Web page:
Watching Television

The Golden Globes set out to draw attention to climate change by introducing a meatless menu for this year’s event. While activists, like Greta Thunberg, continue to beat the drum on awareness, are these attempts actually reducing the enormous carbon footprint awards shows produce?

Between dwindling viewership numbers, continued controversy in minority nominees and winners and the organization’s last-minute scramble to find a host in 2019; awards shows have tried to bring back their glamour for the last few years. The Golden Globes’ latest attempt at reviving public interest may seem virtuous; but the fact remains, the energy emitted for the event far outweighs the ‘improved, climate-conscious’ dinner.


Considering the travel that celebrities, reporters and fans take to get to the venue, airplane travel (whether private or commercial) is the most significant contributor to emissions in preparation for the awards show. Yes, many attendees will be local, but let’s not forget the private cars each celebrity will take. This is not an event where stars take Uber Pool to save on gas miles. Accommodations including hotel stays and second home energy consumption also contribute to this footprint.


On top of the regular personal travel, the sound, staging and lighting equipment, tables, lighted and static signage and decorations needed at the venue must also be transported. This is typically done with large diesel-fueled semi-trucks, catering vans and other light-weight vehicles. Event sites typically have the capacity for large electrical outputs for things like lights, microphones and cameras. Don’t forget about behind the scenes: dressing rooms, kitchens, offices and the supplies to conceal winner names and signage.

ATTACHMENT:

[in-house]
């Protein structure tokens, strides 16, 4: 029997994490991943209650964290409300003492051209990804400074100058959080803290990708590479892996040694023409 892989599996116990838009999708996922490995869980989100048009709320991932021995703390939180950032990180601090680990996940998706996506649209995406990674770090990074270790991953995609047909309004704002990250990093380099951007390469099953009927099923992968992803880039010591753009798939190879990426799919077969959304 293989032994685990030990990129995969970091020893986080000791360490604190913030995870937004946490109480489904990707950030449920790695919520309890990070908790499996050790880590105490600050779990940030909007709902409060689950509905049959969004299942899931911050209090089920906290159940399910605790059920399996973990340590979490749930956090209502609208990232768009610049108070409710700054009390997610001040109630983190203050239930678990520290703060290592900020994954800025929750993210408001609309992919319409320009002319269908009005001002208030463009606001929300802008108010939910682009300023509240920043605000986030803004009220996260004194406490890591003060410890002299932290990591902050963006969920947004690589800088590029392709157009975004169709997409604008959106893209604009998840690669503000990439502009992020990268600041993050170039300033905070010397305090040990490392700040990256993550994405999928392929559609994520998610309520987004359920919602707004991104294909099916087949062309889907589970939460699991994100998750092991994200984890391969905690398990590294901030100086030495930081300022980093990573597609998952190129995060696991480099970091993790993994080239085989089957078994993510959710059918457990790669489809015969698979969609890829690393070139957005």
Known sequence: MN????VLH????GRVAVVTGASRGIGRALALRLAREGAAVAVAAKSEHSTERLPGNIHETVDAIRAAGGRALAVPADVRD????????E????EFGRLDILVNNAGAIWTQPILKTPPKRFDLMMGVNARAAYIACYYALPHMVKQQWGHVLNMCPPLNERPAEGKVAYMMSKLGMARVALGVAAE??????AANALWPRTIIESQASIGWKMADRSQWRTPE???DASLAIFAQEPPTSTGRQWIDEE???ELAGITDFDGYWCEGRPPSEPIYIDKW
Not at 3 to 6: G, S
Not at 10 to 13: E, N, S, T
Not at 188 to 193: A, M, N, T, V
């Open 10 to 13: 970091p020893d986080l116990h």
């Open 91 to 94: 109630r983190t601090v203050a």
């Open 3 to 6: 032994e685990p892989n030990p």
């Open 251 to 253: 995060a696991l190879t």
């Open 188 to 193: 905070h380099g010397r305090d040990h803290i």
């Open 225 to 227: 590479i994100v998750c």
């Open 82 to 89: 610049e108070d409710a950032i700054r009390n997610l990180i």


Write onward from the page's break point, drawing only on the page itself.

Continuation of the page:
Each Golden Globe costs up to $900 and weighs in at over seven pounds apiece. The awards themselves are another under-reported energy-sucking source. For 76 years, the statues were gold plated, which ups the mining ante quite a bit – until 2019 when they changed the formula. The iconic figures are now made of brass and bronze, which is an improvement. Unfortunately, the melting process still consumes a lot of energy. The manufacturers have to smelt zinc, tin and copper to make either brass or bronze for the statue.


A large part of the network’s draw leading up to the event is a ‘pre-show’ dedicated to asking women, and sometimes men, whom they’re wearing, how long it took them to get ready and inevitably what type of diet they’ve been on in preparation for the show. The fashion industry grew 5.5% over the last decade, and became a trillion-dollar business in 2017. Many of the Haute couture pieces worn by celebrities are re-created by fast-fashion designers and purchased world-wide by adoring fans. These facts alone beg the question, how carbon-conscious are the designers? With these statistics, it’s important to know that quick, easy designs must use quick, easy petroleum-based synthetic fabrics to help prolong wear from washing and stretching.


The intent behind changing the menu comes from the right place: a place meant to speak to us about carbon-consciousness. However, this small gesture must be expounded upon through higher Corporate Social Responsibility. The industry needs to look at the real environmental impact and make significant changes.

Tangible, realistic and thoughtful steps toward a carbon-neutral life are essential. But when a multi-billion dollar industry, tied to brand advertising and luxury indulgences, brags about its meatless menu, the message is lost. There are other ways to offset these energy costs, including an investment in Renewable Energy Credits. An idea meant to equalize your footprint by donating renewable energy funds.

Until we’re ready to make real changes to awards shows – a meatless menu is at the bottom of the list, and the very least the industry can do to drum up press.